Take That, Hollywood!

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NISID HAJARIThais have long and jealously guarded two things: the idea that their country, alone among its Southeast Asian neighbors, has never been colonized, and the sanctity of their royal family. Both have been sorely tested by Hollywood. Not only does American pop culture dominate Thailand as forcefully as the rest of the world, but Twentieth Century Fox's forthcoming Anna and the King riled local sentiment with a script that supposedly does not accord proper respect to its subject, reformist 19th century King Rama IV.

Thai authorities denied Fox permission to film in the kingdom. And royalist defenders have fought back along another front as well. North of Bangkok in the ancient capital of Ayuthaya, one of the country's best-known directors has begun shooting a lavish historical epic to commemorate King Bhumibol Adulyadej's 72nd birthday this Dec. 5--suspiciously close to Anna's scheduled release. The project was initiated by Queen Sirikit and stars a minor princess as the legendary Suriyothai, a 16th century warrior-queen. The director, Prince Chatri Chalerm Yugala, is himself a member of the royal family. And though privately funded, the production boasts a kingly budget of $5.4 million, the largest ever for a Thai film. Unlike Anna and the King, Chatri says pointedly, I will make my film very accurate, so Thais will be proud of their history.

Most Thais are familiar with the semi-mythical tale of Suriyothai, a Queen who rode into battle against the Burmese to defend her husband's kingdom. In Chatri's retelling, her predecessor (played by pop star Mai Charoenpura) poisons her husband (played by Pongpat Wachirabunjong) even though he has just declared his love for his duplicitous wife. This is the most difficult scene to shoot, says Chatri. I have to bring out the emotions of the king, his love for his beautiful consort, and her cheating heart. In a cavernous tapioca warehouse that has been transformed into a red-and-gilt royal chamber, four palace maids, clad only in low-slung sarongs and silk sashes that don't quite cover their breasts, inch forward on their knees toward the king's throne. One by one, they lay trays laden with food at the feet of an equally subservient taster. Chatri is not satisfied. Cut! he yells, in fair imitation of a Tinseltown auteur. Lower your heads, girls. You're not supposed to look at the king. And food taster, pick up the food and put it in your mouth. You're supposed to taste for poison, not enjoy the food.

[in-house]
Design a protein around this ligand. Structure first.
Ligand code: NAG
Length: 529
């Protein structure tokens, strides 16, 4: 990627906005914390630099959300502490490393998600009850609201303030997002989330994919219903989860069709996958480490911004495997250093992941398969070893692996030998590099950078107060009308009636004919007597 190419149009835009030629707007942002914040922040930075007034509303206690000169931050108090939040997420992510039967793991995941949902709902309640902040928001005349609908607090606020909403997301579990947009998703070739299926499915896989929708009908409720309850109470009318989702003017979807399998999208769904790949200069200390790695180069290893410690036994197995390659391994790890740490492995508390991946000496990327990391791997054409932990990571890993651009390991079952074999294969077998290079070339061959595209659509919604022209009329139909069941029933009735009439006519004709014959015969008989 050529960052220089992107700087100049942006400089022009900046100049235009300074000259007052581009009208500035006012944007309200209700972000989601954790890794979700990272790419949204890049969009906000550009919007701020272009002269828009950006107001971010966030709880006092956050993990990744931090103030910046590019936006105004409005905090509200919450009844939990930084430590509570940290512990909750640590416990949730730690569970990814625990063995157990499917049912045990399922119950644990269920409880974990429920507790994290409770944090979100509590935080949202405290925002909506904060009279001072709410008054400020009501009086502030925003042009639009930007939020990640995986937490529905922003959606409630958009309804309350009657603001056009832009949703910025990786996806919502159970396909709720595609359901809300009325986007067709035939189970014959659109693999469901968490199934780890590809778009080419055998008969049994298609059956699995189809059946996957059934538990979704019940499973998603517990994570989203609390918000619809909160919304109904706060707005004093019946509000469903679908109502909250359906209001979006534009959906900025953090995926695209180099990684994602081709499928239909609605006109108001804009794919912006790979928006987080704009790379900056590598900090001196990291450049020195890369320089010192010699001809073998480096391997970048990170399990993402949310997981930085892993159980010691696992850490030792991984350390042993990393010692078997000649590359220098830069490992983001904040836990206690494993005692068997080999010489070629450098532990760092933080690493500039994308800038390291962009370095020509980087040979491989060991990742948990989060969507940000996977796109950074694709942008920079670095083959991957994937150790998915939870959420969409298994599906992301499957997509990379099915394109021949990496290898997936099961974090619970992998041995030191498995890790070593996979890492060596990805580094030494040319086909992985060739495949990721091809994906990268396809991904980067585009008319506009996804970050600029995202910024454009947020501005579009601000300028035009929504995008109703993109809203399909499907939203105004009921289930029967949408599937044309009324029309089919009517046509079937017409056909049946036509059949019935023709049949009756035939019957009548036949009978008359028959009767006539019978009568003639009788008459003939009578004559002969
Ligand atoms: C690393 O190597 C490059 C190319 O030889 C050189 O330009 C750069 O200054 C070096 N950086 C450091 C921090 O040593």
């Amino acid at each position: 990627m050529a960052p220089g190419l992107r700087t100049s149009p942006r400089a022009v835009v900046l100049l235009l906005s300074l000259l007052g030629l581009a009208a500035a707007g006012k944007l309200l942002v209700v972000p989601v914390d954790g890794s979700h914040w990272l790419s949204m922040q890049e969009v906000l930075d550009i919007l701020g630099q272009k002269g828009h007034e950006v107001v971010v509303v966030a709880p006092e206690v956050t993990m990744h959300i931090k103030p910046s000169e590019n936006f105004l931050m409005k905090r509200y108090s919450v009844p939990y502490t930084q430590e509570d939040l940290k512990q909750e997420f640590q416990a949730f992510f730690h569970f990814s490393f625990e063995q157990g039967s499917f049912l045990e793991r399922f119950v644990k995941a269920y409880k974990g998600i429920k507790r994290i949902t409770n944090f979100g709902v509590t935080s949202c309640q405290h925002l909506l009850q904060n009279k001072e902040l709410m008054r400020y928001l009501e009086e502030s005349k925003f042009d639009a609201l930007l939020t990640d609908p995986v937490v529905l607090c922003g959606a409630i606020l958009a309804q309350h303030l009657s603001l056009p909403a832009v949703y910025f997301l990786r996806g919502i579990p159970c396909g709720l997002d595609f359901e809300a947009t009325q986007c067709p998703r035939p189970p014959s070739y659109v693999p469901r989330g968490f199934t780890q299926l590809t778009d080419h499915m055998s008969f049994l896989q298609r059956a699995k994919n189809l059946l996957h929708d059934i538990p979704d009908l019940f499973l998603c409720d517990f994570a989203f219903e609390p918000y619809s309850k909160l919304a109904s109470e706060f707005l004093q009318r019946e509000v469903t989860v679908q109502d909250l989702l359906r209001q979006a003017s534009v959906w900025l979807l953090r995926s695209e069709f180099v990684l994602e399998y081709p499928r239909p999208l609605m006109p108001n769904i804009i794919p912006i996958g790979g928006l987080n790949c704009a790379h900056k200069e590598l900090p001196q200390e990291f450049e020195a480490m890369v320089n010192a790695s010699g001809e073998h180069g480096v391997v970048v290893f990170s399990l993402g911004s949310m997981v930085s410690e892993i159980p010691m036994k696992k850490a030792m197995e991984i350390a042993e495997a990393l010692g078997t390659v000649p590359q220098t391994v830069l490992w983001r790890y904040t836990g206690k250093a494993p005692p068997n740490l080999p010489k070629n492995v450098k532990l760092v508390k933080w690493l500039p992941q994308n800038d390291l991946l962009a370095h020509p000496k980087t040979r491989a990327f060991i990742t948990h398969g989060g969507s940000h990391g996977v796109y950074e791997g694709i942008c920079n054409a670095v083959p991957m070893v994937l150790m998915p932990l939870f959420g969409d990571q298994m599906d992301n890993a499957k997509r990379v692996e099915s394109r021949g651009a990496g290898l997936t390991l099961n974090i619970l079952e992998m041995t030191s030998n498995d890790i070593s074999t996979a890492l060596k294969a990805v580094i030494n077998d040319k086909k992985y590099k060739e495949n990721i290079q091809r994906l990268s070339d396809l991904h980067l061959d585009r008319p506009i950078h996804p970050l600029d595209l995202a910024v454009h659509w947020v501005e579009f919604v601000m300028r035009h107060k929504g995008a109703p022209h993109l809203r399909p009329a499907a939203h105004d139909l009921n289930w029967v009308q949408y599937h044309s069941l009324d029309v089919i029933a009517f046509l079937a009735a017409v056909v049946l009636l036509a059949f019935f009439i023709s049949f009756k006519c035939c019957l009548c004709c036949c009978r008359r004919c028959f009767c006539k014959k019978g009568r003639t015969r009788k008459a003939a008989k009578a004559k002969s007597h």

Perched beside him, Mom Kamala Yukol, Chatri's wife and production manager, shakes her head sternly. We have the money to buy the latest equipment, the best in the world, but we don't have the talent, she sighs.

The lament is familiar. At one point in the 1980s, Thai studios churned out 200 features a year, making the kingdom one of the world's top 10 film-producing countries. Last year only 11 local movies were released. Much of the decline can be traced to the Asian economic crisis--which has slashed both film budgets and the disposable income of Thai moviegoers--and to the dominance of Hollywood blockbusters in the country's mushrooming multiplexes. But many in the industry also decry the lack of scriptwriters and trained crew (Chatri is relying on Slovakian cinematographer Igor Luther, who shot Volker Schlondorff's The Tin Drum). Some have suggested that Thailand concentrate on its advanced post-production facilities, which are far cheaper than those in, for example, Australia and Japan, and that aspiring directors turn their energies toward television.

Chatri seems unlikely to reverse the trend. Though he won several awards for probing social dramas in the 1980s, his last film, a Buddhist sci-fi comedy called The Box, flopped miserably. (It was a total failure, he says candidly. I am not so good at humor.) Many see Suriyothai as a similarly indulgent boondoggle, one that will appeal to the palace far more than to teens, who would likely rather watch Anna stars Chow Yun-fat and Jodie Foster. He is wasting resources instead of saving the movie industry, says Scott Rosenberg, a Bangkok film consultant. At the very least, though, perhaps Chatri can salvage a measure of self-respect for a country that fears being colonized by Hollywood.

Reported by Kim Gooi/Ayuthaya